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September 3, 1969


Theodore Velsor, J.

Author: Velsor

 On January 5, 1968, the plaintiff's intestate was struck by a vehicle in the corporate limits of the defendant village, as a result of which said intestate died. The complaint attempts to assess liability against both defendants, town and village, for their negligent investigation of the accident, in that the policemen at such scene of accident neglected to secure the names of the driver and owner of the vehicle which struck plaintiff's intestate while the driver was still at the site of the accident when the police were there.

The village moves to dismiss the complaint for failure to state a cause of action. For reasons that are hereinafter discussed the application must be granted as to both defendants.

The Town of Hempstead maintains no police force. This court takes judicial notice of such fact. Hence, even if liability be sought against the town, premised upon the theory of respondeat superior, such liability must fall, absent the act of any agent binding the town.

Nor is the act of the defendant village, or the village's police force, the act of the town. An incorporated village is not the agent of a town in whose jurisdiction or geographical area the village lies. Within the grant of power delegated to an incorporated village (Village Law, § 2-200; § 188 et seq.), the village is autonomous (Hempstead T-W Corp. v. Town of Hempstead, 13 Misc. 2d 1054, 1059 affd. 7 A.D.2d 637).

This court takes judicial notice of the fact that, pursuant to statute, the Incorporated Village of Hempstead has established its own police force.

Hence, even if there were liability to be imposed for the negligent acts complained of, the defendant town would remain unencumbered by any liability based thereon.

[60 Misc. 2d 797 Page 798]

    --> In addition, it is the opinion of this court that liability can neither be assessed against the town nor village here, because there was no breach of any duty owed by either to the plaintiff or her intestate.

It requires no citation for the basic proposition that liability in damages for the consequences of a negligent act is predicated upon a breach of duty. As stated by the court in the case of Baker v. City of New York (25 A.D.2d 770, 771), "A municipality may not be held liable for failure to provide general police protection (Murrain v. Wilson Line, 270 App. Div. 372, affd. 296 N. Y. 845), but there may be liability if there exists on the part of the municipality 'some relationship * * * creating a duty to use due care for the benefit of particular persons or classes of persons' (Motyka v. City of Amsterdam, 15 N.Y.2d 134, 139; cf. Schuster v. City of New York, 5 N.Y.2d 75, 80-81; Farmer v. City of New York, 23 A.D.2d 638)."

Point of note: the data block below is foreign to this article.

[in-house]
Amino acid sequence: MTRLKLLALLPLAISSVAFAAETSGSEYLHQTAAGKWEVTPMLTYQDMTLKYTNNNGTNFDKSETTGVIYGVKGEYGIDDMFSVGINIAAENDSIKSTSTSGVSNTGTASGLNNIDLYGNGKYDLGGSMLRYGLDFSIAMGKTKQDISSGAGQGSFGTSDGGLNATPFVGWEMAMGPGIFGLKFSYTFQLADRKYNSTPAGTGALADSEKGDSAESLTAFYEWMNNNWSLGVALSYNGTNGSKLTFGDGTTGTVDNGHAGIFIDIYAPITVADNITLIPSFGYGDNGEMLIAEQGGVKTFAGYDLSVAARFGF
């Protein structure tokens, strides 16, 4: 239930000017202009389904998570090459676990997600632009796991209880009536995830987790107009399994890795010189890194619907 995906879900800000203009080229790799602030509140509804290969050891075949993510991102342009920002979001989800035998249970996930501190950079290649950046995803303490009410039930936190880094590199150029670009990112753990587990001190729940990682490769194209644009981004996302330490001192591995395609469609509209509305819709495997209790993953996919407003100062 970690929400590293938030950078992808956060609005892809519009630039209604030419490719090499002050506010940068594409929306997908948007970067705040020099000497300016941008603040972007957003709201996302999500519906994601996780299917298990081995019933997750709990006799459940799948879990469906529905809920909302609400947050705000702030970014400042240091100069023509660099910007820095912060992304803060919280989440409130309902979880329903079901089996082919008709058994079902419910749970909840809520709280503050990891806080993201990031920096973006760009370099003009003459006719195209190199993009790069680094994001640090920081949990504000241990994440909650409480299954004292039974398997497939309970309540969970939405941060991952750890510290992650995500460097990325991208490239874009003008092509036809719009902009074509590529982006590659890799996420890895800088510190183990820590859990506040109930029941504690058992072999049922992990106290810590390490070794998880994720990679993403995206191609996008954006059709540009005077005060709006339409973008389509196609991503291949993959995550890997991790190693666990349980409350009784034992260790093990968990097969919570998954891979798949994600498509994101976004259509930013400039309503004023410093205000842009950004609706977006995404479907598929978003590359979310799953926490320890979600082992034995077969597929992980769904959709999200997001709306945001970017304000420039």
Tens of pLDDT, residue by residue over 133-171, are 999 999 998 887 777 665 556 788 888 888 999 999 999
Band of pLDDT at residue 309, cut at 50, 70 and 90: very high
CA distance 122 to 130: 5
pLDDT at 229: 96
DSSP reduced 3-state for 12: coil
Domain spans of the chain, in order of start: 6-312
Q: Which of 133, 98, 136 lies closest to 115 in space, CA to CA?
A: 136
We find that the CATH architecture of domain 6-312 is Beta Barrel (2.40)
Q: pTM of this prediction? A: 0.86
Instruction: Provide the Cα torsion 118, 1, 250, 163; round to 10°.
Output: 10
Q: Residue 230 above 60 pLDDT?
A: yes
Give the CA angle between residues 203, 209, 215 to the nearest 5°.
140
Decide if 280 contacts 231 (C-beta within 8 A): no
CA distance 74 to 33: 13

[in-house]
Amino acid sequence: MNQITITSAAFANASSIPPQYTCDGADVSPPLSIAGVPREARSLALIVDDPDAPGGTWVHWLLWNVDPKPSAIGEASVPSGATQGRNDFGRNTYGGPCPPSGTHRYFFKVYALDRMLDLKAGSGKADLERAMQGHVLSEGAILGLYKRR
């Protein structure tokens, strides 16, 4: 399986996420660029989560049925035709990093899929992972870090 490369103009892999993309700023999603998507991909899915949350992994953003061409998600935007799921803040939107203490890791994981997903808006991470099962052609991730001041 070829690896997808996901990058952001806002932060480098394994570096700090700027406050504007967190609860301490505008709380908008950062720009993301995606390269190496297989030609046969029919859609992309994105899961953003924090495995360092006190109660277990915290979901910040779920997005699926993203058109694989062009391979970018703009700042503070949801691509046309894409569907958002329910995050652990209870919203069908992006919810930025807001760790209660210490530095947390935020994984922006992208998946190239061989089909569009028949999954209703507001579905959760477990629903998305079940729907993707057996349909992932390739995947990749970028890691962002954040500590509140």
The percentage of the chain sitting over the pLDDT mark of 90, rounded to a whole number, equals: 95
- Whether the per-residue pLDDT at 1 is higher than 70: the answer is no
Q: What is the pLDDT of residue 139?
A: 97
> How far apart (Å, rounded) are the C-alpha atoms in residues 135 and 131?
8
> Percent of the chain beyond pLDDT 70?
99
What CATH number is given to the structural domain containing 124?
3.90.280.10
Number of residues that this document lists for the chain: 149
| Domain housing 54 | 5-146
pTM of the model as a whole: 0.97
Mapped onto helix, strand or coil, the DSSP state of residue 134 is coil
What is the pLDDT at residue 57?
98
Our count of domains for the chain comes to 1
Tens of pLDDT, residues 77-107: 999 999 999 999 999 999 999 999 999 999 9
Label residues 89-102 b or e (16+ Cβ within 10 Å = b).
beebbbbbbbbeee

The question, measured by the rules thus promulgated, is whether a special duty arose with respect to the injured party or his representative for the police at the scene of the accident to preserve for the benefit of the injured party the observable facts, including the identification of the persons involved in said accident.

No case has been cited to this court, nor has it been able to find one, which, as in Schuster (supra), imposed such duty in the absence of circumstances which induced the injured party to rely upon the discharge of a duty assumed.

There is no doubt the rule of Schuster (supra) fastens liability upon a municipality which, having assumed such, fails to discharge the same properly to the injury of the one to whom the duty was assumed. But this area of protection has been narrowed. Most recently our Court of Appeals observed in the case of Riss v. City of New York (22 N.Y.2d 579, 583), "For all these reasons, there is no warrant in judicial tradition or in the proper allocation of the powers of government for the courts, in the absence of legislation, to carve out an area of tort liability for police protection to members of the public."

Without legislation there is no authority for the courts to create tort liability on the municipality on the facts as presented herein.


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